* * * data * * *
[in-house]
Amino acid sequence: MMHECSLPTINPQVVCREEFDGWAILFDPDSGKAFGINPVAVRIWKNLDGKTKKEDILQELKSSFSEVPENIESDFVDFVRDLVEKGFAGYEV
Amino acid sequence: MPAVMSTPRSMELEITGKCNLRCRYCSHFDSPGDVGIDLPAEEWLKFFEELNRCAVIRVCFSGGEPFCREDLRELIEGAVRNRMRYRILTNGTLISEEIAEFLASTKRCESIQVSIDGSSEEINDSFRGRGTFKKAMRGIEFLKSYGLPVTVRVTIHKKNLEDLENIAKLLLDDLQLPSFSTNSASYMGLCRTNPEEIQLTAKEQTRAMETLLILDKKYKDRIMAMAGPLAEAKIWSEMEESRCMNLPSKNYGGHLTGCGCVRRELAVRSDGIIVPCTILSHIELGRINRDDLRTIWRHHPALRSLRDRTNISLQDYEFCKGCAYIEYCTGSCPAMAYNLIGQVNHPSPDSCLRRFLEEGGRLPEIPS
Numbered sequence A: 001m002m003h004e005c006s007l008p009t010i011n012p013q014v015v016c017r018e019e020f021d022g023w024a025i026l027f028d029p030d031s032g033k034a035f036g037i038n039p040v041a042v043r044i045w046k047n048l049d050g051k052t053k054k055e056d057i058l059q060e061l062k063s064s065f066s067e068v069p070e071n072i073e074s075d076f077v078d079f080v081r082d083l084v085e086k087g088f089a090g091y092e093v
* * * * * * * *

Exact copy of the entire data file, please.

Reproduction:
[in-house]
Amino acid sequence: MMHECSLPTINPQVVCREEFDGWAILFDPDSGKAFGINPVAVRIWKNLDGKTKKEDILQELKSSFSEVPENIESDFVDFVRDLVEKGFAGYEV
Amino acid sequence: MPAVMSTPRSMELEITGKCNLRCRYCSHFDSPGDVGIDLPAEEWLKFFEELNRCAVIRVCFSGGEPFCREDLRELIEGAVRNRMRYRILTNGTLISEEIAEFLASTKRCESIQVSIDGSSEEINDSFRGRGTFKKAMRGIEFLKSYGLPVTVRVTIHKKNLEDLENIAKLLLDDLQLPSFSTNSASYMGLCRTNPEEIQLTAKEQTRAMETLLILDKKYKDRIMAMAGPLAEAKIWSEMEESRCMNLPSKNYGGHLTGCGCVRRELAVRSDGIIVPCTILSHIELGRINRDDLRTIWRHHPALRSLRDRTNISLQDYEFCKGCAYIEYCTGSCPAMAYNLIGQVNHPSPDSCLRRFLEEGGRLPEIPS
Numbered sequence A: 001m002m003h004e005c006s007l008p009t010i011n012p013q014v015v016c017r018e019e020f021d022g023w024a025i026l027f028d029p030d031s032g033k034a035f036g037i038n039p040v041a042v043r044i045w046k047n048l049d050g051k052t053k054k055e056d057i058l059q060e061l062k063s064s065f066s067e068v069p070e071n072i073e074s075d076f077v078d079f080v081r082d083l084v085e086k087g088f089a090g091y092e093v